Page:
The Franco-Prussian War or Franco-German War, often referred to in France as the War of 1870, was a conflict between the Second French Empire (and later, the Third French Republic) and the German states of the North German Confederation led by the Kingdom of Prussia.
Lasting from 19 July 1870 to 28 January 1871, the conflict was caused primarily by France’s determination to restore its dominant position in continental Europe, which it had lost following Prussia’s crushing victory over Austria in 1866.
According to some historians, Prussian chancellor Otto von Bismarck deliberately provoked the French into declaring war on Prussia in order to draw four independent southern German states – Baden, Württemberg, Bavaria and Hesse-Darmstadt – into an alliance with the North German Confederation dominated by Prussia. Some historians contend that Bismarck exploited the circumstances as they unfolded. None, however, dispute the fact that Bismarck must have recognised the potential for new German alliances, given the situation as a whole.
France mobilised its army on 15 July 1870, leading the North German Confederation to respond with its own mobilisation later that day. On 16 July 1870, the French parliament voted to declare war on Prussia, and the declaration of war was delivered to Prussia three days later. French forces invaded German territory on 02 August. The German coalition mobilised its troops much more effectively than the French and invaded northeastern France on 04 August. The German forces were superior in numbers, had better training and leadership and made more effective use of modern technology, particularly railways and artillery.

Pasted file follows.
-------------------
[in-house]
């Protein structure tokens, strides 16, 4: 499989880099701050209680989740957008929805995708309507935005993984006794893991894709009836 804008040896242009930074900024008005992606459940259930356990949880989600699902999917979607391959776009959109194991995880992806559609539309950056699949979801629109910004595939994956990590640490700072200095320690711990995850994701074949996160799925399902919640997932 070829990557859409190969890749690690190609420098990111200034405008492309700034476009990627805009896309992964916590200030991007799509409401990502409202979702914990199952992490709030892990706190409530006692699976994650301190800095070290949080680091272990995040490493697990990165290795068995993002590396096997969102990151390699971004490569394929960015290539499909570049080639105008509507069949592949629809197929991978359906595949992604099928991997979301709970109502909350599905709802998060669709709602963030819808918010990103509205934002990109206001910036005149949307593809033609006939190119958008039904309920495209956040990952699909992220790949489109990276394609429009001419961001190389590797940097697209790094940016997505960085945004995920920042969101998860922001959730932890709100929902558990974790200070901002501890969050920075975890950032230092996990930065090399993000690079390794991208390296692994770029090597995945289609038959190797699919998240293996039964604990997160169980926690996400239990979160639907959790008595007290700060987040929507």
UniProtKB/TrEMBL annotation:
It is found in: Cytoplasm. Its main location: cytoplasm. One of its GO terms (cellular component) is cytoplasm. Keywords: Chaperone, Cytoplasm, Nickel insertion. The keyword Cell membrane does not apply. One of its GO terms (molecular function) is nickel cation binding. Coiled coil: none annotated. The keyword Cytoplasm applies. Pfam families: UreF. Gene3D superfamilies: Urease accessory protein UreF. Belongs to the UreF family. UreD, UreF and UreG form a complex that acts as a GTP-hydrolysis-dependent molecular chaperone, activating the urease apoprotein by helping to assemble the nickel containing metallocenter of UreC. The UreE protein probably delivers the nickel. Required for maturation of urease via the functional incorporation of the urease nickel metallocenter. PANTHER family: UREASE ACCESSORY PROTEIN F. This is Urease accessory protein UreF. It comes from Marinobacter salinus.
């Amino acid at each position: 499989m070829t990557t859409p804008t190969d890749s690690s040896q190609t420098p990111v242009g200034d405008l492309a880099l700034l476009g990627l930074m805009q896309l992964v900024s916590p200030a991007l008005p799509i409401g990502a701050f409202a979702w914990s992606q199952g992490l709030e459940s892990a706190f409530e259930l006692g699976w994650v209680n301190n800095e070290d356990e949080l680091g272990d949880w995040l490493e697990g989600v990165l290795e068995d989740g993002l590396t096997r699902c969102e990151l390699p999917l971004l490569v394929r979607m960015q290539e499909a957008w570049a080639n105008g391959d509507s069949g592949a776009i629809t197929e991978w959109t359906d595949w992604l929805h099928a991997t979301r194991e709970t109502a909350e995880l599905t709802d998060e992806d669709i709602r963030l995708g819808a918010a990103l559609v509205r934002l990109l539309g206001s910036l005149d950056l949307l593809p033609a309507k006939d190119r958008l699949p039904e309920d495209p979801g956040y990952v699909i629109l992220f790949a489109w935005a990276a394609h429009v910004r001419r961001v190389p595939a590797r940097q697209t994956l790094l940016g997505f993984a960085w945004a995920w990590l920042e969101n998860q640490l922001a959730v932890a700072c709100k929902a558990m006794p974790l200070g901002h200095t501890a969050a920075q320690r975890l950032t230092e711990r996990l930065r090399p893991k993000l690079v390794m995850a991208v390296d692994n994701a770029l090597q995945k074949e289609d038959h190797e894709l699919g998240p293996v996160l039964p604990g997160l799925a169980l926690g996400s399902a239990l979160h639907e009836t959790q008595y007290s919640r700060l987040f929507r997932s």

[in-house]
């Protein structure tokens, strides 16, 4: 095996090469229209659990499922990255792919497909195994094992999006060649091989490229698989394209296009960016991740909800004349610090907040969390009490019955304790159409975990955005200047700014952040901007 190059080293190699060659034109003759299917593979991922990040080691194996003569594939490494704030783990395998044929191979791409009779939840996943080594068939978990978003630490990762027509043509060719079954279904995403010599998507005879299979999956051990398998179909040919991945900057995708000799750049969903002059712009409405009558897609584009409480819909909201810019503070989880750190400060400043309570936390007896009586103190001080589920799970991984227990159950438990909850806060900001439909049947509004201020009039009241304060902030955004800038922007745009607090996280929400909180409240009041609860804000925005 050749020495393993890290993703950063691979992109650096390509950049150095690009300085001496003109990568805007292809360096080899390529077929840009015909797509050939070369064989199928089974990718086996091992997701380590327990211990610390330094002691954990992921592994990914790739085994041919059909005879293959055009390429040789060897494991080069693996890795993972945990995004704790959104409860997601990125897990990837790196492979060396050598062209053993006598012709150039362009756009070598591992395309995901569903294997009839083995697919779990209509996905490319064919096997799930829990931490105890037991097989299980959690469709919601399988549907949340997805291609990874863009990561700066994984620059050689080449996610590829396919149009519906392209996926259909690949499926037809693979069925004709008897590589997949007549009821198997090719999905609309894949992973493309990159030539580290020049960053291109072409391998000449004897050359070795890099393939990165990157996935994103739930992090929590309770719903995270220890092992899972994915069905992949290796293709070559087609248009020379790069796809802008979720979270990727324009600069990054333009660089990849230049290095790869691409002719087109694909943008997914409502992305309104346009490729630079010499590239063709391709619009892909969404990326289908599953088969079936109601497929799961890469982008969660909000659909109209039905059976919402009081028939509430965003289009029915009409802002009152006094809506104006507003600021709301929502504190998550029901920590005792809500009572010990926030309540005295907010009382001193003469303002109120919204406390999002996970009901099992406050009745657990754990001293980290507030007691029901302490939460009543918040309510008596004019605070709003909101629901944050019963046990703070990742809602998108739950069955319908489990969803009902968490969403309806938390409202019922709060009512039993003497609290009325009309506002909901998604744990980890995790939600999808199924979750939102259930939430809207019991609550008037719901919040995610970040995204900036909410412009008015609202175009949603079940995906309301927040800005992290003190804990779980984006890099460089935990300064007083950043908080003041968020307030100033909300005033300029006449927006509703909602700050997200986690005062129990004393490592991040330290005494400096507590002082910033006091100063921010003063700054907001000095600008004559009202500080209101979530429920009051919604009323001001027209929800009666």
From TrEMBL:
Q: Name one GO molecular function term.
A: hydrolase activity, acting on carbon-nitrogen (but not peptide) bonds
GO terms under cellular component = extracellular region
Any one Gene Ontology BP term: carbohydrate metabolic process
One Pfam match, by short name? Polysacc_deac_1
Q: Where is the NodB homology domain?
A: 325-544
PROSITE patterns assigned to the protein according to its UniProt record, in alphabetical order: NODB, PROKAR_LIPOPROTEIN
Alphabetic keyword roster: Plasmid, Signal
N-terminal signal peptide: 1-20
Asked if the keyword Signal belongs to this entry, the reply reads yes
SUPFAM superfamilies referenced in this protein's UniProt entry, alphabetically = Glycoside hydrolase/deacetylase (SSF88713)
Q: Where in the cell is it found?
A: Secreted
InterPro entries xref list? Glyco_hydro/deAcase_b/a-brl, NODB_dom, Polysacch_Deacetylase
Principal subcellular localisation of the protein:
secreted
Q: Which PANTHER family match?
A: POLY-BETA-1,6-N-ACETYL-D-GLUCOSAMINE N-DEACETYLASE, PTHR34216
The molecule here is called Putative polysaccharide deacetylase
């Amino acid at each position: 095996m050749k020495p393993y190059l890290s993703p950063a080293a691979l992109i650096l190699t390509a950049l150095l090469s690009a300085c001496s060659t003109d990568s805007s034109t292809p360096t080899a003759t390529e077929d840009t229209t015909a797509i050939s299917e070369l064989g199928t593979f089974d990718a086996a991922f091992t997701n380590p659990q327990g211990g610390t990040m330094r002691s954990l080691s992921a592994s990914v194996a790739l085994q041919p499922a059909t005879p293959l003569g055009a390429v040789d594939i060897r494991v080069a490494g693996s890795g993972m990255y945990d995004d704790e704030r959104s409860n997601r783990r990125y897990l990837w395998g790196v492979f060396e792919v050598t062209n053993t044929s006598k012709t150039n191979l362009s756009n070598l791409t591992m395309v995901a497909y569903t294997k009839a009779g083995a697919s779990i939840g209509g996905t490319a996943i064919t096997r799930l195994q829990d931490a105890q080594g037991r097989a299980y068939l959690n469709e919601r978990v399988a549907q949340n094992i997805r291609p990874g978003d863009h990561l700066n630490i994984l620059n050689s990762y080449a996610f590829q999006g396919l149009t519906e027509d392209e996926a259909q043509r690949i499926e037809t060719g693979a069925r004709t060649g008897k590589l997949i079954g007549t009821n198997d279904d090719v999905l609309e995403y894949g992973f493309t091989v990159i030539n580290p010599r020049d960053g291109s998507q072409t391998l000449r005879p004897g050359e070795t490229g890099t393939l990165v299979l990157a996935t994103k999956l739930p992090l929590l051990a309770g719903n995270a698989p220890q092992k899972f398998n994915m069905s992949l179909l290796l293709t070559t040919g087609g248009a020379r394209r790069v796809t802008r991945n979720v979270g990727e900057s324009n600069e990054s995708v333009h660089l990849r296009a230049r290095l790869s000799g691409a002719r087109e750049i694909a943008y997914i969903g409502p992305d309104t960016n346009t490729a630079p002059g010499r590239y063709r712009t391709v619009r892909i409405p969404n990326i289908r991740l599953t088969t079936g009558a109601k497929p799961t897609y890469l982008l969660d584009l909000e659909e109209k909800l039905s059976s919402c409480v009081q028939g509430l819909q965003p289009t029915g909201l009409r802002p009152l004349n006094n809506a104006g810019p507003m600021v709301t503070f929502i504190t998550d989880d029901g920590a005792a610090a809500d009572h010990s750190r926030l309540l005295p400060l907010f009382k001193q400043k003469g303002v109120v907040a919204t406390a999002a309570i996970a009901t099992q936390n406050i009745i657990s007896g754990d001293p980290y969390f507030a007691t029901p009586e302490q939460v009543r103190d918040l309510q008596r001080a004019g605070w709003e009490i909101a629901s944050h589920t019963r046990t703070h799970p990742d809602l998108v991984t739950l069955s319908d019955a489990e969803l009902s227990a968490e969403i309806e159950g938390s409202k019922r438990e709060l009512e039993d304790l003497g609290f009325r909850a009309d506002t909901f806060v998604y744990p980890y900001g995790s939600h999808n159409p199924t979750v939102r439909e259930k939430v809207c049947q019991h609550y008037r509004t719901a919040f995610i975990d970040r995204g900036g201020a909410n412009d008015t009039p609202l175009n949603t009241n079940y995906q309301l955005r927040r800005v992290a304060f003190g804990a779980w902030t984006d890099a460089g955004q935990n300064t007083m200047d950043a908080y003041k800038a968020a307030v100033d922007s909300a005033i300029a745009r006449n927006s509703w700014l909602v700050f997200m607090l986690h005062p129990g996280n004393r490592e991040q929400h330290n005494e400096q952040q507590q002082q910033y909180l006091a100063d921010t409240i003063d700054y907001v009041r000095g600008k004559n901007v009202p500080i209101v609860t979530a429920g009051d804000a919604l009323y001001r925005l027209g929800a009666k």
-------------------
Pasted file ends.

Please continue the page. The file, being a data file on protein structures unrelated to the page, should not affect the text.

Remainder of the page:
A series of swift Prussian and German victories in eastern France, culminating in the Siege of Metz and the Battle of Sedan, saw French Emperor Napoleon III captured and the army of the Second Empire decisively defeated. A Government of National Defence declared the Third French Republic in Paris on 04 September and continued the war for another five months; the German forces fought and defeated new French armies in northern France. The French capital, Paris, was besieged and fell on 28 January 1871, after which a revolutionary uprising called the Paris Commune seized power in the city and held it for two months, until it was bloodily suppressed by the regular French army at the end of May 1871.
The German states proclaimed their union as the German Empire under the Prussian king Wilhelm I and Chancellor Bismarck. They finally united most of Germany as a nation-state (Austria was excluded). The Treaty of Frankfurt of 10 May 1871 gave Germany most of Alsace and some parts of Lorraine, which became the Imperial territory of Alsace-Lorraine (Reichsland Elsaß-Lothringen).
The German conquest of France and the unification of Germany upset the European balance of power that had existed since the Congress of Vienna in 1815, and Bismarck maintained great authority in international affairs for two decades.
French determination to regain Alsace-Lorraine and fear of another Franco-German war, along with British apprehension about the balance of power, became factors in the causes of World War I.